No matter who you’re talking to, money’s an uncomfortable subject. It can be especially frustrating for businesses with unpaid invoices. Even your best, most loyal customers may be slow to pay at times.
Contacting them can be tricky. You need to find a way to make them pay without damaging your relationship and discouraging future sales. Here are a few tips to help you navigate the process.
Double-check the invoice
Before reaching out, review the unpaid invoice. According to SME Magazine, suppliers frequently send invoices with incorrect financial values, such as:
- Incorrect or missing PO numbers
- Missing VAT numbers
- Mismatched line items
Poorly written invoices often lead to delays. If there was a mistake, you might need to review the invoice with the customer or issue a new one.
Take a look at your contract as well. Perhaps the payment schedule was not clear. Check that the product was delivered one time and whether there were any complaints. The delay might be the result of a customer service problem.
Send a friendly reminder
If you’re certain everything was right on your end, go ahead and send a reminder, but make sure it is cordial. Remember, there are a lot of reasons why a payment might be late. It could be a cash flow issue or plain old forgetfulness.
Always give customers the benefit of the doubt. Making accusations or demands not only sours your relationship, but it might also cause the customer to dig in their heels.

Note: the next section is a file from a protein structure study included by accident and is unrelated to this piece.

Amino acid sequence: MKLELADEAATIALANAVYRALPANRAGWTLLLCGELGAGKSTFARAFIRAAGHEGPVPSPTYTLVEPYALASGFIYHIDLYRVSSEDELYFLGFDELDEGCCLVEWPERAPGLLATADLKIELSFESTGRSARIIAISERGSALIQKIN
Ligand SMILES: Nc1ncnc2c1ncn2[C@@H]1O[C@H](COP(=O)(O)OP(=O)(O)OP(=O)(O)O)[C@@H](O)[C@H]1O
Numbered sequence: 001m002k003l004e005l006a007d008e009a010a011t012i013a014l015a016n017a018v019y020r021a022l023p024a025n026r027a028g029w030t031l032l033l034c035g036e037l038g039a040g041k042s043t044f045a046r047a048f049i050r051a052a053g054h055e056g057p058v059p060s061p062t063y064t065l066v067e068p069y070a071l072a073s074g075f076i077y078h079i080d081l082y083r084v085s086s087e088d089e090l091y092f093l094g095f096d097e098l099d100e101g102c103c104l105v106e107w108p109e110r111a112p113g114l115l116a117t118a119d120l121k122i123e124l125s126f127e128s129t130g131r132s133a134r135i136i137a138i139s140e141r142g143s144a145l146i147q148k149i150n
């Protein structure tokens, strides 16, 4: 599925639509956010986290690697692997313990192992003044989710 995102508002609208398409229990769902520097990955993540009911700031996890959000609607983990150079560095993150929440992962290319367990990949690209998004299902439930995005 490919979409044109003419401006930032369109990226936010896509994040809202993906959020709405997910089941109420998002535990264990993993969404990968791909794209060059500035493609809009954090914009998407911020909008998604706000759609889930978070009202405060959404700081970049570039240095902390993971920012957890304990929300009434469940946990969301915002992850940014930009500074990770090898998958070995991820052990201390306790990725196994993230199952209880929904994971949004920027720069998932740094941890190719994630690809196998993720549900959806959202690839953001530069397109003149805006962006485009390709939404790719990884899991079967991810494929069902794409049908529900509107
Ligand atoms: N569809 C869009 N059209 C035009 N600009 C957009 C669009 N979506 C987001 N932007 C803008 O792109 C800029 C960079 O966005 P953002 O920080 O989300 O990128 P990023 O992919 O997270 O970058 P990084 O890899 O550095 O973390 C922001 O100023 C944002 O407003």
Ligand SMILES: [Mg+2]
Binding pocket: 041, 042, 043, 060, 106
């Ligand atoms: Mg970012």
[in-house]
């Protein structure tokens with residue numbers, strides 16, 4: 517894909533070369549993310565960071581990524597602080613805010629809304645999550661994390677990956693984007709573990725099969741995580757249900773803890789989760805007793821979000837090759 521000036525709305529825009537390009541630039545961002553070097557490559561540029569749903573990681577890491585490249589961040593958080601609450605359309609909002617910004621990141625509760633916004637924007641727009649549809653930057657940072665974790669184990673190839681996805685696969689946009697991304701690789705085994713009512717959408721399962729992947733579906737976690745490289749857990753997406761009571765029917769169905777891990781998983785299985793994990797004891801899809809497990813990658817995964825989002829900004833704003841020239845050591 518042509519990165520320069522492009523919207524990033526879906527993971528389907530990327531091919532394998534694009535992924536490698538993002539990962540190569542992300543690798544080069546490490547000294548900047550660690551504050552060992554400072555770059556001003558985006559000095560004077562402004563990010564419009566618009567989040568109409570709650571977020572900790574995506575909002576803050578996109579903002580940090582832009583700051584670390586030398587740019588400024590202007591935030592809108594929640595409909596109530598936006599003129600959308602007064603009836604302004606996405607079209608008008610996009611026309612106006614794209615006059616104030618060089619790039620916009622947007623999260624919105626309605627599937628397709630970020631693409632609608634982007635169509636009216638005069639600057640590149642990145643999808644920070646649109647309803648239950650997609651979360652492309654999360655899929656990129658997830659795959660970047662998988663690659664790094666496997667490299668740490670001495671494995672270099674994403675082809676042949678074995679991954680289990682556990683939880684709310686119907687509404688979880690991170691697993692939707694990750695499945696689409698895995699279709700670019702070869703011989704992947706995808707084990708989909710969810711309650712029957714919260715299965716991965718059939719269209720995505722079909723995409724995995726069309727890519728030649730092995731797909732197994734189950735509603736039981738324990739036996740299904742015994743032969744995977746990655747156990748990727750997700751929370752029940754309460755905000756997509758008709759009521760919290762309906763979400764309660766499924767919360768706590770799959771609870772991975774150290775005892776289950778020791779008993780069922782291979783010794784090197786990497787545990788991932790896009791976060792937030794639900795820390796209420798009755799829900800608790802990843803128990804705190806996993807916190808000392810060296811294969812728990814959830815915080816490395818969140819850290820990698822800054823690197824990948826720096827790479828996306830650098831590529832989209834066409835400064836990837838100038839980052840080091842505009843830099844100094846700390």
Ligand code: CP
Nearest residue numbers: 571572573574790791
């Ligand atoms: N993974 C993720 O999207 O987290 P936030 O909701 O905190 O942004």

Before discussing unpaid invoices, plan your conversation
Often a simple phone conversation is enough to resolve the situation. Just make sure you’re prepared. Have the unpaid invoice in front of you, along with any supporting documents, so you are ready for any objections. Work out what you want to say before you pick up the phone. Choosing the right words helps ensure your conversation stays friendly.
Work with your customer to close unpaid invoices
It’s common for businesses to pay beyond a deadline if they know they won’t be subject to penalties. If there is a late fee, they may choose to pay on the last possible day, often at the last possible hour. If these “just-in-time” payments don’t work for you, have a conversation about a payment plan that does. Incentivize early payments, penalize late ones, or simply adjust your terms.
Words like “please” and “thank you” will do a lot to prevent hurt feelings. Besides keeping your conversation civil, they show your customers you respect them.
Remember, customer service is still the key to healthy business relationships. In fact, 33 percent of Americans say they would leave a company after a single instance of poor service. Keeping things cordial, even when handling collections, is the best way to proceed.